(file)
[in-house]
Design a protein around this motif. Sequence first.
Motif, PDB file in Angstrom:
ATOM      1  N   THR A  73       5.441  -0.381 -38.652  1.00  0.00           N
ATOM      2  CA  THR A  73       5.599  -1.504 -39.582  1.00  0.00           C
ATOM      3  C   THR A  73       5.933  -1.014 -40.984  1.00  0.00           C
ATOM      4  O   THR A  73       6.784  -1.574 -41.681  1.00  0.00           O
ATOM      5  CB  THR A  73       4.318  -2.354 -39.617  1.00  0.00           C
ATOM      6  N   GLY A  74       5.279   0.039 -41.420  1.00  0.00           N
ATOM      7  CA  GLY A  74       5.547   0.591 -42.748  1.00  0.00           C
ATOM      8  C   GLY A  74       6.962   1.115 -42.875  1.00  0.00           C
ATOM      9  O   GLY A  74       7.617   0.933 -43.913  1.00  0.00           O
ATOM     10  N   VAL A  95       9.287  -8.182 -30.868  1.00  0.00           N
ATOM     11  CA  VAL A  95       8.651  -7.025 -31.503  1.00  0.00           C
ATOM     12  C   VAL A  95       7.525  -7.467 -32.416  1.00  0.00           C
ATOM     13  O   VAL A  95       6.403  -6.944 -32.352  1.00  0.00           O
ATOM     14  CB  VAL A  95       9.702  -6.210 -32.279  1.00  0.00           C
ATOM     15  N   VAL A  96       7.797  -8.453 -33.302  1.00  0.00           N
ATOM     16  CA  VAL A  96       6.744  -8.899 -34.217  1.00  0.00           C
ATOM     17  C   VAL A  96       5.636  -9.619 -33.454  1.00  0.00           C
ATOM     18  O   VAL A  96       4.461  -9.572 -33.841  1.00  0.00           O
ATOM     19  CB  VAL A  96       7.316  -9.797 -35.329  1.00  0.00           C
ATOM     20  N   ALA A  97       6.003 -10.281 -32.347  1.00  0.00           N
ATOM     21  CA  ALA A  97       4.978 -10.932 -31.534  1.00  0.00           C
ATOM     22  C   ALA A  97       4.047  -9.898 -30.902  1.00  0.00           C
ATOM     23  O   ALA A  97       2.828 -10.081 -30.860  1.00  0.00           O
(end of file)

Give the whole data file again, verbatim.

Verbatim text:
[in-house]
Design a protein around this motif. Sequence first.
Motif, PDB file in Angstrom:
ATOM      1  N   THR A  73       5.441  -0.381 -38.652  1.00  0.00           N
ATOM      2  CA  THR A  73       5.599  -1.504 -39.582  1.00  0.00           C
ATOM      3  C   THR A  73       5.933  -1.014 -40.984  1.00  0.00           C
ATOM      4  O   THR A  73       6.784  -1.574 -41.681  1.00  0.00           O
ATOM      5  CB  THR A  73       4.318  -2.354 -39.617  1.00  0.00           C
ATOM      6  N   GLY A  74       5.279   0.039 -41.420  1.00  0.00           N
ATOM      7  CA  GLY A  74       5.547   0.591 -42.748  1.00  0.00           C
ATOM      8  C   GLY A  74       6.962   1.115 -42.875  1.00  0.00           C
ATOM      9  O   GLY A  74       7.617   0.933 -43.913  1.00  0.00           O
ATOM     10  N   VAL A  95       9.287  -8.182 -30.868  1.00  0.00           N
ATOM     11  CA  VAL A  95       8.651  -7.025 -31.503  1.00  0.00           C
ATOM     12  C   VAL A  95       7.525  -7.467 -32.416  1.00  0.00           C
ATOM     13  O   VAL A  95       6.403  -6.944 -32.352  1.00  0.00           O
ATOM     14  CB  VAL A  95       9.702  -6.210 -32.279  1.00  0.00           C
ATOM     15  N   VAL A  96       7.797  -8.453 -33.302  1.00  0.00           N
ATOM     16  CA  VAL A  96       6.744  -8.899 -34.217  1.00  0.00           C
ATOM     17  C   VAL A  96       5.636  -9.619 -33.454  1.00  0.00           C
ATOM     18  O   VAL A  96       4.461  -9.572 -33.841  1.00  0.00           O
ATOM     19  CB  VAL A  96       7.316  -9.797 -35.329  1.00  0.00           C
ATOM     20  N   ALA A  97       6.003 -10.281 -32.347  1.00  0.00           N
ATOM     21  CA  ALA A  97       4.978 -10.932 -31.534  1.00  0.00           C
ATOM     22  C   ALA A  97       4.047  -9.898 -30.902  1.00  0.00           C
ATOM     23  O   ALA A  97       2.828 -10.081 -30.860  1.00  0.00           O